Friday 11 September 2015

Siddon Rock by Glenda Guest

Filled with a rich cast of unforgettable characters, a powerful magical realist novel of an ordinary outback town made extraordinary.
"When Macha Connor came home from the war she walked into town as naked as the day she was born, except for well-worn and shining boots, a dusty slouch hat, and the .303 rifle she held across her waist."

 Macha patrols Siddon Rock by night, watching over the town's inhabitants: Brigid, Granna, and the melancholic men of the Aberline clan; the tailor Alistair Meakins, with his elegant fantasies; Sybil Barber, scrubbing away at the bloodstains in her father's butcher shop; Reverend Siggy, afraid of the outback landscape and the district's magical saltpans; silent Nell with her wild dogs; publican Marg, always accompanied by a cloud of blue; and the inscrutable new barman, Kelpie Crush. It is only when refugee Catalin Morningstar and her young son Josis arrive and stir up the town that Macha realizes there is nothing she can do to keep the townspeople safe.
Goodreads description

This is a novel by an author who clearly both understands and loves magic realism. You can see the influence of Gabriel Garcia Marquez's One Hundred Years of Solitude in this portrayal of a small town in the Australian outback. We are given the almost mythic birth of the town - I say almost mythic because of course this is magic realism and the magic mixes with the realism easily and without comment. Aborginal dream stories collide with Celtic legend, history becomes myth, perhaps through repeated telling, perhaps not:
stories are like people; they change shape as they get older.  Some get thinner with less detail, others pad out like the most comfortable grandmother.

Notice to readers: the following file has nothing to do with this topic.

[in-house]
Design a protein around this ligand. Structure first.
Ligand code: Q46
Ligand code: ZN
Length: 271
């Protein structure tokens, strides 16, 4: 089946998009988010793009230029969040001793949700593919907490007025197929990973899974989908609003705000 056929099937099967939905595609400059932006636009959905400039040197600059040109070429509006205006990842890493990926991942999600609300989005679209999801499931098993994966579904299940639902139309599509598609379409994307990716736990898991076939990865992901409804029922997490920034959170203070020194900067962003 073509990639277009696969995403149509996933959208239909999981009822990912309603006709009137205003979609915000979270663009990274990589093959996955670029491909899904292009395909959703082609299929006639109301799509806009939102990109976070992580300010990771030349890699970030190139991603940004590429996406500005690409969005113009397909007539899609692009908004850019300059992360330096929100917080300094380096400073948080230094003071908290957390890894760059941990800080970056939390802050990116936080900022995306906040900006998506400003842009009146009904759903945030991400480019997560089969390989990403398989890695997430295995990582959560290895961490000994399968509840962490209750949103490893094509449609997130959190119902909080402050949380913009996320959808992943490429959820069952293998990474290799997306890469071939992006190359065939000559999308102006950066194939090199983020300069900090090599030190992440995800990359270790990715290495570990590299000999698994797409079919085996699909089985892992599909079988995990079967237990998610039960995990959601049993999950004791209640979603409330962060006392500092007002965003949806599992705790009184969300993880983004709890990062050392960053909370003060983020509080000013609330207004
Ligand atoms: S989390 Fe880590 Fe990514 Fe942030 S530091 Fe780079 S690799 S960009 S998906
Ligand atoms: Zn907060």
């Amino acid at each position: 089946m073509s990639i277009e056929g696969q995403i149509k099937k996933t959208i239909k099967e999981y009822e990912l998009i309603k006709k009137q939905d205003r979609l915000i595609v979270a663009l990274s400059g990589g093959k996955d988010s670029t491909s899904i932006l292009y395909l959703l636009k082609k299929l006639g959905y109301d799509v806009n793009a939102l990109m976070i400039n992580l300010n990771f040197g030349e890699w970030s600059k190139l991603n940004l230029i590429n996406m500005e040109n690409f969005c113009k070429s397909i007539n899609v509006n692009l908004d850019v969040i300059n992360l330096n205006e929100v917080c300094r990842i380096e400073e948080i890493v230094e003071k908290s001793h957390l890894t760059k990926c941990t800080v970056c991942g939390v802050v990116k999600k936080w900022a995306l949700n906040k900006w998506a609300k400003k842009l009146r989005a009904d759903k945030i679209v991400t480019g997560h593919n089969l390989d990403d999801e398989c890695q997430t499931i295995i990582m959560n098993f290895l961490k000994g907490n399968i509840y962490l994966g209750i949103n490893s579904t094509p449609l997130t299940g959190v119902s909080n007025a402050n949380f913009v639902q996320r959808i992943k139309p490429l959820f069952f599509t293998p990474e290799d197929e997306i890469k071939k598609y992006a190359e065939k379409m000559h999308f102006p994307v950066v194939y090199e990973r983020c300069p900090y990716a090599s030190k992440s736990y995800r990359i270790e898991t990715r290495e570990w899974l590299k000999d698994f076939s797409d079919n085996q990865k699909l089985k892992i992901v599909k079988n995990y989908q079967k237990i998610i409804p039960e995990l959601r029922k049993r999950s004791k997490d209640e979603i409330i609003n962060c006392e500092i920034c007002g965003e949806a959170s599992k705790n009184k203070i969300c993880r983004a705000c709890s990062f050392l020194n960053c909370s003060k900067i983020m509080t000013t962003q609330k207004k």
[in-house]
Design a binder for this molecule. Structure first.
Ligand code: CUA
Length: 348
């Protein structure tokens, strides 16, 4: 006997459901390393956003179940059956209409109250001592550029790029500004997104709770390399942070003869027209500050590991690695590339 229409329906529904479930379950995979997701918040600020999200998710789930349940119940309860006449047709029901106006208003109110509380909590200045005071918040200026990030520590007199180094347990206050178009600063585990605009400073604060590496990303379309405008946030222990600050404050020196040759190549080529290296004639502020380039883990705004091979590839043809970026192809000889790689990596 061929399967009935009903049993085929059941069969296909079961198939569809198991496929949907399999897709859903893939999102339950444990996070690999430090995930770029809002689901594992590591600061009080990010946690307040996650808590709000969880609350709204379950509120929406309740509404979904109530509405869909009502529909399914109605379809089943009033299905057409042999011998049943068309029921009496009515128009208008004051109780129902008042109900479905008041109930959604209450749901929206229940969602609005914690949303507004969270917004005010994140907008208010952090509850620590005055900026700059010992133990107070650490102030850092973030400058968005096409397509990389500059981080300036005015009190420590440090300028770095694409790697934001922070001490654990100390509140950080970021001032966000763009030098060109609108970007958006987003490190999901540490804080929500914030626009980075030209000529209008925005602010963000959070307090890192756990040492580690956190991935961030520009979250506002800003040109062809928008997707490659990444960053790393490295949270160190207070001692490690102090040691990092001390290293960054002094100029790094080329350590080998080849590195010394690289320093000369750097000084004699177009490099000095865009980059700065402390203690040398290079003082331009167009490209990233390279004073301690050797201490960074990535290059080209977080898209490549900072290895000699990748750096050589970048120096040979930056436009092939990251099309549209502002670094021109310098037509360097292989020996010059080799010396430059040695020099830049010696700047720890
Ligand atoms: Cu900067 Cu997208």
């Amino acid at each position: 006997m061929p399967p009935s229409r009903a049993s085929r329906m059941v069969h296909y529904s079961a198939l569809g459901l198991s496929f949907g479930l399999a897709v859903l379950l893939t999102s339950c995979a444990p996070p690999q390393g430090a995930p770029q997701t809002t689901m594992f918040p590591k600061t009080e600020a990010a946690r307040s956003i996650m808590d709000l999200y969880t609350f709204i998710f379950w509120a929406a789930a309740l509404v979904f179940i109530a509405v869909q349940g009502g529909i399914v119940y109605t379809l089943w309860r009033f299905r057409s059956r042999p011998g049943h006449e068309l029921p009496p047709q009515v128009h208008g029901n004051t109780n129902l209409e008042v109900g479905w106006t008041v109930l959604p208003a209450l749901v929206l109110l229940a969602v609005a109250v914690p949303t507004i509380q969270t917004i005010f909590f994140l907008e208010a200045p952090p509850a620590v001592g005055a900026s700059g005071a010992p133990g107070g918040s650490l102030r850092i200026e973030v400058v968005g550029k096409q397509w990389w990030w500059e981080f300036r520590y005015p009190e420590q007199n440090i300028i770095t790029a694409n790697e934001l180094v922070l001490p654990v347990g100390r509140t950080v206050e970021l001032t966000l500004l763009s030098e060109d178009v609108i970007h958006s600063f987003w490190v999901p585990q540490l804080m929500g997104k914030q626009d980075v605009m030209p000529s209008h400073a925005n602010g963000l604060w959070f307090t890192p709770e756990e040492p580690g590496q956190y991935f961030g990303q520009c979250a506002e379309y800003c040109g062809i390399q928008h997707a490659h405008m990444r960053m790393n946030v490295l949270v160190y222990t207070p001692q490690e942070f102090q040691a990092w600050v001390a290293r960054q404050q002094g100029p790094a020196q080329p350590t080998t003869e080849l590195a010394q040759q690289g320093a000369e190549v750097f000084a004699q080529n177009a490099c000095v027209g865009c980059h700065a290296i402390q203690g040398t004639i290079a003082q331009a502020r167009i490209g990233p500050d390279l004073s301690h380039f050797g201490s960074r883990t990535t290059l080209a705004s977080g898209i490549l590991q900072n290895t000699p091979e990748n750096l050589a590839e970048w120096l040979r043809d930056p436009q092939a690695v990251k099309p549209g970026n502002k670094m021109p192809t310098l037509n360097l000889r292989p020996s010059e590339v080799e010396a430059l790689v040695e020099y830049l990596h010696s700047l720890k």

And the magic continues into the time and setting of the main story of the two women, Catalin and Macha, who carry terrible memories of World War Two, and who discover that the horror that men are capable of can wait in the middle of the Australian bush. The landscape surrounding Siddon Rock with its stark beauty and brutal nature is in many ways a character in the book. Guest shows a small community that is almost trapped by it. Huge machines fail to work and rust like the hulking skeletons of dead dinosaurs in the salt-riddled land. Dust storms arrive and swallow the town. Dust is a theme in the book and there is a strong scene in which the Reverend Siggy bewilders his flock with a sermon about the dust. 

In this world it seems that woman are the stronger and more interesting characters - not just Macha and Catalin, but also Granna, the mysterious carer of the Abeline family, and Nell, the aboriginal woman who grows in stature at night. The men are less well drawn or are perhaps simply less strong. Siddon Rock comes with a large cast of characters and we move from one to the other, so it is perhaps not surprising if not all of them appealed to me equally. 

Structurally the novel is interesting. Perhaps taking a leaf out of Marquez's book, it does not follow the traditional three-part structure. Instead a canvas revealing the life of Siddon Rock is painted with the narrational climax coming late and without a conventional resolution, a climax which is foreshadowed throughout the book. 

I recommend this book to you.


Malcolm R. Campbell said...

Sounds like a must-read kind of book.

Lily Iona MacKenzie said...

I love the image of this woman walking into town naked!